He wanted a simple resting place on his own property with family and close friends to say farewell. His farewell was to be by invitation only, and we would follow his wishes.
A diagnosis of prostate cancer with secondaries began a slow, gradual decline in his health.
He was wearing out, and was ready to go. One particular morning he woke after an especially painful and restless night and said “I just had a dream that I died…and bugger it I’m still here.”
He did get great comfort from his music, which helped pass the long nights. He was very accepting that his life was drawing to a close.
On September 3rd 1993, his life ended in the company of his family, in his lounge room and in his own home. That night we had the most vicious frost I have ever seen. He remained at home for 2 days, during which time friends and family came and went.
My nephew who was 3 at the time pulled up a rug and had a sleep beside his grandfather on the floor beside his bed. We dressed my dad in his ‘going out’ clothes and life went on around him. On day three, we placed him in his coffin. Provisions were made for a back hoe to dig a suitable hole for burial. A test hole had been dug and inspected and approved previously.
It was now clear to us that it was time for our farewell. We loaded the coffin into the ute, covered it in eucalyptus branches and garden flowers (very considerate to die in spring when flowers are bountiful) and drove it to his chosen site in the shadow of Mount Roland. The actual burial was a fairly informal affair. Anyone who chose to speak was given the opportunity. Many of his adoring grandchildren added treasures to his burial site. He was buried with his hat and his favourite poetry book.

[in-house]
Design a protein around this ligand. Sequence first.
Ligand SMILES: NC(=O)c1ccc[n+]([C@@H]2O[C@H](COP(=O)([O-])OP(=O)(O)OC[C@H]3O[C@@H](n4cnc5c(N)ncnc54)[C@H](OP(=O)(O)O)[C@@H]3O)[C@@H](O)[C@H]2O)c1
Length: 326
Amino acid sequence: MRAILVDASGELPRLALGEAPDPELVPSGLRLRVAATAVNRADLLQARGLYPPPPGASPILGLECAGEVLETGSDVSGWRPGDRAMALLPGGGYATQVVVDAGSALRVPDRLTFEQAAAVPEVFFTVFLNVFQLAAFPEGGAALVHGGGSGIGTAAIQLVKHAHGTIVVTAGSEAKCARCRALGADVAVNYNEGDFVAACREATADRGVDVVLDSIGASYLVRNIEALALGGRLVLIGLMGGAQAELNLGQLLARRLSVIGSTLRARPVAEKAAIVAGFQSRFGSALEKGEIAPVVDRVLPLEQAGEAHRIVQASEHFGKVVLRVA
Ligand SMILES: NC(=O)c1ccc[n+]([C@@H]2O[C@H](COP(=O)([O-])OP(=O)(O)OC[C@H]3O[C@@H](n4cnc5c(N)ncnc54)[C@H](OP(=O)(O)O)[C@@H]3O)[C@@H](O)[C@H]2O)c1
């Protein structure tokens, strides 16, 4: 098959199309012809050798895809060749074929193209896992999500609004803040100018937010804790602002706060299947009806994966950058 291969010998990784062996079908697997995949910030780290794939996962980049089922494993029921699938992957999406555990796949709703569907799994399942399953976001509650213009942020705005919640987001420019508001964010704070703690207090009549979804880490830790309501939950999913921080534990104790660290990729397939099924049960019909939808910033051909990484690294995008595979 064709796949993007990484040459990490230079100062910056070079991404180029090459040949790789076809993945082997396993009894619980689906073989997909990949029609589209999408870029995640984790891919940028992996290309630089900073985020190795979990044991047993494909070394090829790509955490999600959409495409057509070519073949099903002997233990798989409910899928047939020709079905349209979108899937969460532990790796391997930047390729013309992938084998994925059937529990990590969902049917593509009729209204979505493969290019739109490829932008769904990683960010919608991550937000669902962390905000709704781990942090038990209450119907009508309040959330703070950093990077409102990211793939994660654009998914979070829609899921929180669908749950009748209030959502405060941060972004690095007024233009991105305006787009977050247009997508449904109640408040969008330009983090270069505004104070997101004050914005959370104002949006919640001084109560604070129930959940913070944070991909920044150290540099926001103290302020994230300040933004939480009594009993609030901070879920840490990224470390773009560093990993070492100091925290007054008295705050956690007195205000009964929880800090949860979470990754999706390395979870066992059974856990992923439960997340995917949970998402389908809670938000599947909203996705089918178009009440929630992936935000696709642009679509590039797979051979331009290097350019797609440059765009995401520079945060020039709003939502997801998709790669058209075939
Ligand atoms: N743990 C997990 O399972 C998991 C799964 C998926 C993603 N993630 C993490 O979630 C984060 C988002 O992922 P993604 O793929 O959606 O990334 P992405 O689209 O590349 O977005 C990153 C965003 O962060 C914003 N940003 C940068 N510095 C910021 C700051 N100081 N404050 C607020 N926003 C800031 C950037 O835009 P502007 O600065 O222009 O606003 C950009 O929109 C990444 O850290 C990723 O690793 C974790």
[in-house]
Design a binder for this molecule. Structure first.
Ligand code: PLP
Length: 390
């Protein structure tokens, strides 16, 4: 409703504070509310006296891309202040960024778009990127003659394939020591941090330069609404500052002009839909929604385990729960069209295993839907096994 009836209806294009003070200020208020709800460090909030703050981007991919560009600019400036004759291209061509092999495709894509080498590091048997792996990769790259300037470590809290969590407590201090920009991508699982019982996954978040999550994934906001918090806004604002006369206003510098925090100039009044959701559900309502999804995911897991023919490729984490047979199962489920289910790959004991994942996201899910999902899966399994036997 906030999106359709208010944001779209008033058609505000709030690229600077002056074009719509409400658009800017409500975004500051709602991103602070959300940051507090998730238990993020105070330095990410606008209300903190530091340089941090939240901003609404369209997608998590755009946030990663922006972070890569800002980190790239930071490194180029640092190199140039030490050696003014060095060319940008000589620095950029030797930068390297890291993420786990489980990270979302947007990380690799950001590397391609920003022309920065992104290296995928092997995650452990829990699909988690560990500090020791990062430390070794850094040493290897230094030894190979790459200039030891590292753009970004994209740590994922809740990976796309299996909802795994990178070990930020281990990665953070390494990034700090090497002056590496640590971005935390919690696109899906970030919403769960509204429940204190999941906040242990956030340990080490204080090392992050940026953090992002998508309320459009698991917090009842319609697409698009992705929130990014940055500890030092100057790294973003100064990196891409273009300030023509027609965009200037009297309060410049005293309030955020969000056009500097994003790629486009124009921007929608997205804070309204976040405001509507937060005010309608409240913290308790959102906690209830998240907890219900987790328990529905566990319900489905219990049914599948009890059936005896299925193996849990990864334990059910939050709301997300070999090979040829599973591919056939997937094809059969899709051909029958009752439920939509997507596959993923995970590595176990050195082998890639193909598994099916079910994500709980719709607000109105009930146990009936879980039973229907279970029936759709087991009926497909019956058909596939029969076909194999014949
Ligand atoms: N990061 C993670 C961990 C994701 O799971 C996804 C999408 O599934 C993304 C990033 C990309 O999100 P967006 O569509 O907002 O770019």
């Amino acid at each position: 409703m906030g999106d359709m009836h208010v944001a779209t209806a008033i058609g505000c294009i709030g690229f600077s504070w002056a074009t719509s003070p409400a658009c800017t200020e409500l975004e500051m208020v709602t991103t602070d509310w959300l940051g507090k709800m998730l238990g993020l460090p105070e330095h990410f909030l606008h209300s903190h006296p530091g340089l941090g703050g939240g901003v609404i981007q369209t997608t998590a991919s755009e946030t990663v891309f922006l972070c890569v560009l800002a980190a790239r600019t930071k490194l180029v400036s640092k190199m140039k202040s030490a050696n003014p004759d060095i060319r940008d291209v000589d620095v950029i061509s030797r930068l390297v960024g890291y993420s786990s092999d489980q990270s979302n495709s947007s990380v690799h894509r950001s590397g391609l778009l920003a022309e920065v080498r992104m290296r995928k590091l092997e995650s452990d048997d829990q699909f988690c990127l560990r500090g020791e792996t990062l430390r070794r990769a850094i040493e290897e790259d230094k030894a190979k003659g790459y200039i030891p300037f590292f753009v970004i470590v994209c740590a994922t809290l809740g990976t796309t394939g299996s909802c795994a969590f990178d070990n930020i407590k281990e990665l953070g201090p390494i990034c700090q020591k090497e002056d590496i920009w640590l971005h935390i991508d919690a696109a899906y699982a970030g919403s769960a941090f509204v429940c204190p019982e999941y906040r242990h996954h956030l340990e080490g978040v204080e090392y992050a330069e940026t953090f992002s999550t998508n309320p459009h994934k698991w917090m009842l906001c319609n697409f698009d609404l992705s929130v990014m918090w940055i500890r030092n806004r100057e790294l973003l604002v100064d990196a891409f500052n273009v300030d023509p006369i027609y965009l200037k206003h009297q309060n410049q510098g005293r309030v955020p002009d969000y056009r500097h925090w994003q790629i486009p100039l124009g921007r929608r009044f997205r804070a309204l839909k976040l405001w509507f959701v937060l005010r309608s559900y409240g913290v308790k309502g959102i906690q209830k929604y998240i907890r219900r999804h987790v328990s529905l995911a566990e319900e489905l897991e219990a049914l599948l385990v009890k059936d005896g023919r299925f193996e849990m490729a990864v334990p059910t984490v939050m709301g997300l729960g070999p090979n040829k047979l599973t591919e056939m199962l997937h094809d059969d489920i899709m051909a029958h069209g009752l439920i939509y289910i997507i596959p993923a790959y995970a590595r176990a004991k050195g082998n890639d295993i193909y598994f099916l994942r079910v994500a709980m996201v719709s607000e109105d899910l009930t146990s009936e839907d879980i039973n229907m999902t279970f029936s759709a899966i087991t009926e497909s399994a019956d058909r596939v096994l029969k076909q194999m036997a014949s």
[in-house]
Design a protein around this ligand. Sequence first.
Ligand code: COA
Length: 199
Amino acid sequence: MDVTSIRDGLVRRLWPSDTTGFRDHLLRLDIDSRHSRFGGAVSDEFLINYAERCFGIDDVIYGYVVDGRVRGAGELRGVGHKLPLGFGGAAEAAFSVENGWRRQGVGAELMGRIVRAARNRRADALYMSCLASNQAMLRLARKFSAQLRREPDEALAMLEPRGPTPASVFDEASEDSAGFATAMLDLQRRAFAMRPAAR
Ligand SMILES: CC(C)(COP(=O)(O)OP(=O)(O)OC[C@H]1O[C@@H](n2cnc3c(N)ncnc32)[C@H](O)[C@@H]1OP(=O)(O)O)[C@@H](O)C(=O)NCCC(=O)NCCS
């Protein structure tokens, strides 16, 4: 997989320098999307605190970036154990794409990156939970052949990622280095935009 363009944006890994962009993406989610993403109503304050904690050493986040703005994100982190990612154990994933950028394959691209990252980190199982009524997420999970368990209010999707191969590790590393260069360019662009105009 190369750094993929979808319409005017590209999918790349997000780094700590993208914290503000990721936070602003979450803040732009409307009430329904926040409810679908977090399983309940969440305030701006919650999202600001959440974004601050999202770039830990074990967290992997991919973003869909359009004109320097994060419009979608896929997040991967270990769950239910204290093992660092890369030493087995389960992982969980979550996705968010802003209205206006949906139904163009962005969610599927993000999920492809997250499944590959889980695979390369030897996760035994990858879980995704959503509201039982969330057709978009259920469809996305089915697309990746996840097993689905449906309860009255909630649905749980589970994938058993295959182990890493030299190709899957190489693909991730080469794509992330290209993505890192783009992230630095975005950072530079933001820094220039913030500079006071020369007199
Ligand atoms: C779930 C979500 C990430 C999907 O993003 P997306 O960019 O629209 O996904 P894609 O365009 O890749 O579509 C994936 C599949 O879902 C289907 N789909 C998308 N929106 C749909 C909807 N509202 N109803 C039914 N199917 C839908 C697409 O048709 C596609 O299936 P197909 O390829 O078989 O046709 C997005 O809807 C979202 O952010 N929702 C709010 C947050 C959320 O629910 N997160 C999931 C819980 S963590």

After a few minutes of silence, flooded with a million memories, each person took up their shovel and began to fill in the grave, an enormously therapeutic act. Even his 87year-old sister pitched in with a few shovelfuls.
We then returned to the homestead for a celebration of a life well lived.
One of my dad’s favourite verses by Adam Lindsay Gordon